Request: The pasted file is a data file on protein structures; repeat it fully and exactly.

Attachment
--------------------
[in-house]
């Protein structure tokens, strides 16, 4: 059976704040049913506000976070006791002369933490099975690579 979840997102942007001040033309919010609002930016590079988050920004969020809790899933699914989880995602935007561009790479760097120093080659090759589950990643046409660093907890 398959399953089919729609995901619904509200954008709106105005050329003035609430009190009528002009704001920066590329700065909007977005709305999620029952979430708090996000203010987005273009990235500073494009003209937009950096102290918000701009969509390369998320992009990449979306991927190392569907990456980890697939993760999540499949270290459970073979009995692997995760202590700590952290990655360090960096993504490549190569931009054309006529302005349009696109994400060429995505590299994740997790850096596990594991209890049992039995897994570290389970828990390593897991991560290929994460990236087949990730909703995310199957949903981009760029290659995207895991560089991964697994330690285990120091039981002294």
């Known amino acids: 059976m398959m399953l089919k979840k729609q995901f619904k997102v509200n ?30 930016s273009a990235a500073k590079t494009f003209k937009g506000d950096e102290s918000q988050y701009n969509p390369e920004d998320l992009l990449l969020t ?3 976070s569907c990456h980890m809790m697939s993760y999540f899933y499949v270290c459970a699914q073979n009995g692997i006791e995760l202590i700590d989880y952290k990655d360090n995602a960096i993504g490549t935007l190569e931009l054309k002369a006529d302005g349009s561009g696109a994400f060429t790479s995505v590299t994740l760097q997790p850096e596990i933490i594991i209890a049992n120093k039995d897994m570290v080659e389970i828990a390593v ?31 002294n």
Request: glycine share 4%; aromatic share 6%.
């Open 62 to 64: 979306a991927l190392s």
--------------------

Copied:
[in-house]
């Protein structure tokens, strides 16, 4: 059976704040049913506000976070006791002369933490099975690579 979840997102942007001040033309919010609002930016590079988050920004969020809790899933699914989880995602935007561009790479760097120093080659090759589950990643046409660093907890 398959399953089919729609995901619904509200954008709106105005050329003035609430009190009528002009704001920066590329700065909007977005709305999620029952979430708090996000203010987005273009990235500073494009003209937009950096102290918000701009969509390369998320992009990449979306991927190392569907990456980890697939993760999540499949270290459970073979009995692997995760202590700590952290990655360090960096993504490549190569931009054309006529302005349009696109994400060429995505590299994740997790850096596990594991209890049992039995897994570290389970828990390593897991991560290929994460990236087949990730909703995310199957949903981009760029290659995207895991560089991964697994330690285990120091039981002294």
């Known amino acids: 059976m398959m399953l089919k979840k729609q995901f619904k997102v509200n ?30 930016s273009a990235a500073k590079t494009f003209k937009g506000d950096e102290s918000q988050y701009n969509p390369e920004d998320l992009l990449l969020t ?3 976070s569907c990456h980890m809790m697939s993760y999540f899933y499949v270290c459970a699914q073979n009995g692997i006791e995760l202590i700590d989880y952290k990655d360090n995602a960096i993504g490549t935007l190569e931009l054309k002369a006529d302005g349009s561009g696109a994400f060429t790479s995505v590299t994740l760097q997790p850096e596990i933490i594991i209890a049992n120093k039995d897994m570290v080659e389970i828990a390593v ?31 002294n």
Request: glycine share 4%; aromatic share 6%.
């Open 62 to 64: 979306a991927l190392s």